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The Woods Are Full of Cuckoos (1937)

6.2
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Ratings: 6.2/10 from 173 users  
Reviews: 8 user

A program for radio KUKU set in the woods, mostly starring birds as caricatures of celebrities of the day. The MC is bandleader Ben Birdie, heckled by Walter Finchell. Wendell Howell ... See full summary »

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Title: The Woods Are Full of Cuckoos (1937)

The Woods Are Full of Cuckoos (1937) on IMDb 6.2/10

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Cast

Uncredited cast:
...
Mr. Growlin (voice) (uncredited)
Tedd Pierce ...
Tizzie Fish (voice) (uncredited)
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Storyline

A program for radio KUKU set in the woods, mostly starring birds as caricatures of celebrities of the day. The MC is bandleader Ben Birdie, heckled by Walter Finchell. Wendell Howell prepares to lead a singalong; he gives several different page numbers in the songbook, then says, "Never mind, we won't use the books." The audience, responding "Oh yes we will" pelts him. Billy Goat and Ernie Bear introduce and sing the title song. Everyone sings along, except a fox, who informed he's singing the wrong song, responds, "Why don't somebody tell me these things?" We pan across a series of celebrity guests, like W.C. Field-mouse, Dick Fowl, Deanna Terrapin, Bing Crowsby, and the high-note competing duo of Grace Moose and Lily Swans. Tizzie Fish has a cooking segment. Finally, Louella Possums introduces a company performing a scene from The Prodigal's Return. Written by Jon Reeves <jreeves@imdb.com>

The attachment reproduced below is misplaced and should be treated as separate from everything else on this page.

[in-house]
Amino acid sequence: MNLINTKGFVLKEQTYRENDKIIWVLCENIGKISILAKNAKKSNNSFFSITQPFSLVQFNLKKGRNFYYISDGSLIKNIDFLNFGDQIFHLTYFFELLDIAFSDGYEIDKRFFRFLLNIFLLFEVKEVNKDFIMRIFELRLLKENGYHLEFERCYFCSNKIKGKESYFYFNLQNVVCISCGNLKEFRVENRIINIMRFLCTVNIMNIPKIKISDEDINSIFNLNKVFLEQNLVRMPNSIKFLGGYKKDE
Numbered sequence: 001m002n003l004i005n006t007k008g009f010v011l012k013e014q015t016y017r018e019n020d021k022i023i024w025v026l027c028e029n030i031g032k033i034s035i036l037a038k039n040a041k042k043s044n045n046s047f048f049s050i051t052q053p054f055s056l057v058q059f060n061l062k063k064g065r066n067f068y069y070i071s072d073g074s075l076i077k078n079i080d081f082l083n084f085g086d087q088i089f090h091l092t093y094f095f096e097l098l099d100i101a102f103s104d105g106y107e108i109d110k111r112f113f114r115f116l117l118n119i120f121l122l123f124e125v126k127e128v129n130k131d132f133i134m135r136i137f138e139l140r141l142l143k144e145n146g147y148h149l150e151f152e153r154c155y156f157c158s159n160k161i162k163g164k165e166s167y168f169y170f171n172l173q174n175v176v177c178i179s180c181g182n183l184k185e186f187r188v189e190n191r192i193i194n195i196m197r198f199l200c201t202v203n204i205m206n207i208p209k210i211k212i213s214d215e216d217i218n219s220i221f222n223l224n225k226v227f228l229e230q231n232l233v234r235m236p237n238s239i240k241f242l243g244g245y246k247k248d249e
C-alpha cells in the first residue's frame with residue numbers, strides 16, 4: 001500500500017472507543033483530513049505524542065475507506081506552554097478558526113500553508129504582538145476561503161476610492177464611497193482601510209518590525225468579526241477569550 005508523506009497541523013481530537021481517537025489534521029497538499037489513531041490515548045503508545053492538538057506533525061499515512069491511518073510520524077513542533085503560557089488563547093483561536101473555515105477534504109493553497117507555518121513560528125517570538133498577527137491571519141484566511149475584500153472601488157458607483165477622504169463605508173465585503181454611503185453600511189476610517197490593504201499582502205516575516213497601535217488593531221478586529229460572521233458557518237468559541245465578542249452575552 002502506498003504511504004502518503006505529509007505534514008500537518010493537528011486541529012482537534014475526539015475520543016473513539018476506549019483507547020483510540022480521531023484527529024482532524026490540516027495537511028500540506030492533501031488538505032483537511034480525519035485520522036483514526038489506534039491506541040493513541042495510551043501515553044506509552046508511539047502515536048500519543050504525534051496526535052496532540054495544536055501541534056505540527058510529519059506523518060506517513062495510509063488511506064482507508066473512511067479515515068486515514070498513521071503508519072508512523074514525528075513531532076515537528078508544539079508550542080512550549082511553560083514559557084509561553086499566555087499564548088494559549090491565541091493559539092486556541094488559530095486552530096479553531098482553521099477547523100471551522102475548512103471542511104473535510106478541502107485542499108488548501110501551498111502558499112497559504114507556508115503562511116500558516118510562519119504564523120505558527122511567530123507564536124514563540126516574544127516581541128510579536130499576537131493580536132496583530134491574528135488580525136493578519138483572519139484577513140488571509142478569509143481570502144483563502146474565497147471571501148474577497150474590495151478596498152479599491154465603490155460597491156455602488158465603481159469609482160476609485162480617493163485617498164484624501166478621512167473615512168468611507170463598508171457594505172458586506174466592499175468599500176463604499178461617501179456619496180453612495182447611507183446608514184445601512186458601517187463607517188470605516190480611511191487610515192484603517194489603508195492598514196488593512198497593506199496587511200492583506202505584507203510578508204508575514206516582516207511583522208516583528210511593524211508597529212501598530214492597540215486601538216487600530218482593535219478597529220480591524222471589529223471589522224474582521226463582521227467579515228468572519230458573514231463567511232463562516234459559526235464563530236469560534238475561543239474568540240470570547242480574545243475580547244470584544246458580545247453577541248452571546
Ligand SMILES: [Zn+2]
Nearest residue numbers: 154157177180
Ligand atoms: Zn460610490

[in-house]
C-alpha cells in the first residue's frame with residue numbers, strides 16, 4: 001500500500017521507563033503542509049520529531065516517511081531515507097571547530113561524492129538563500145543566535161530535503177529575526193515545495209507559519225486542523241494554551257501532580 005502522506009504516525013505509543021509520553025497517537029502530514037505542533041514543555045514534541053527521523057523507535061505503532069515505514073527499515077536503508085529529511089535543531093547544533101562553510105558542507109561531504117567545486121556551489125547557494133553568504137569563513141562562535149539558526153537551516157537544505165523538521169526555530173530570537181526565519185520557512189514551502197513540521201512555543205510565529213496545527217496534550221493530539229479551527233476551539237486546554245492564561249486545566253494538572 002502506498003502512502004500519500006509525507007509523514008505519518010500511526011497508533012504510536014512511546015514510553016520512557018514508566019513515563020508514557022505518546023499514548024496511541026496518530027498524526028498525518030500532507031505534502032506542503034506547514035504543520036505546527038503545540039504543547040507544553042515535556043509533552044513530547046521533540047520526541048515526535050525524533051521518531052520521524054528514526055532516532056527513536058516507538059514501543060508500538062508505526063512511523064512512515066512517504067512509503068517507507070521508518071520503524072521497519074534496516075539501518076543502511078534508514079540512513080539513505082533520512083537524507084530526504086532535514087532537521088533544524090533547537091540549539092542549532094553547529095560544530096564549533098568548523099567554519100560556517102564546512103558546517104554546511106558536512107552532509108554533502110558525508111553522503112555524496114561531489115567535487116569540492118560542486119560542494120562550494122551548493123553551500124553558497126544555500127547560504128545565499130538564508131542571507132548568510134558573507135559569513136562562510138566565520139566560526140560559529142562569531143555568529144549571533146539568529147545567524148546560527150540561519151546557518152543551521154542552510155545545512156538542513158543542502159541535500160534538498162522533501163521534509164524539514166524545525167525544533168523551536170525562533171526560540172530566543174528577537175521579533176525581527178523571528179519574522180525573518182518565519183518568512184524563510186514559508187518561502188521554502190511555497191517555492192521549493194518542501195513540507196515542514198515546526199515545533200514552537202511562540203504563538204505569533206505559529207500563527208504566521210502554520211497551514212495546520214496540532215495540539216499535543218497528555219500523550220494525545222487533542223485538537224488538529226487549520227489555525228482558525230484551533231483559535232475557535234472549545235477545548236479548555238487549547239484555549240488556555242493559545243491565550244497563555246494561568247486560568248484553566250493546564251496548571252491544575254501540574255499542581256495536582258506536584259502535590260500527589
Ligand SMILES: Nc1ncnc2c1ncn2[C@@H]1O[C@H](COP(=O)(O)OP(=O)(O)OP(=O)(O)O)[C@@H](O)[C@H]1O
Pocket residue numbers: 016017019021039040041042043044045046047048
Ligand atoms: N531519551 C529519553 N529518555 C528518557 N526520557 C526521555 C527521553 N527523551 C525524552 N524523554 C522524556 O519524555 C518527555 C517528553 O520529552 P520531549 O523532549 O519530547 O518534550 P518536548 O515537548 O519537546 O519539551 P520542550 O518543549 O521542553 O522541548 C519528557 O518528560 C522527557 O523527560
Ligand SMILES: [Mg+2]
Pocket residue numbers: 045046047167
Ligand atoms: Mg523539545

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Approved
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Release Date:

4 December 1937 (USA)  »

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1.37 : 1
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Did You Know?

Trivia

Unlike all the other caricatures which are of real people, "Tizzie Fish" is a parody of Tizzie Lish, a wacky old lady known for her crackpot recipes, who was a character played by Bill Comstock on the radio show Al Pearce and His Gang. See more »

Connections

Edited from My Green Fedora (1935) See more »

Soundtracks

On the Rue de la Paix
(uncredited)
Music by Werner R. Heymann
Lyrics by Ted Koehler
Sung by Billy Goat and Ernie Bear as "How Do You Do, and How Are You?"
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User Reviews

 
Fascinatingly Outdated
23 February 2014 | by (someplace) – See all my reviews

I first encountered this short while re-watching many of the classic Warner Brothers cartoons on DVD. The Looney Tunes shorts in particular have been some of my favorite cartoons since childhood and I enjoy many of Warner's other early efforts as well. While many of these classic cartoons make pop cultural references that have become obscure or mostly forgotten in the modern day, most of them maintain a timeless quality that children and adults of all generations still enjoy. The Woods Are Full of Cuckoos however is one of the most outdated Warner Brothers cartoons that I have seen, to the point where it's one of the only classic cartoons I have ever felt the urge to write about.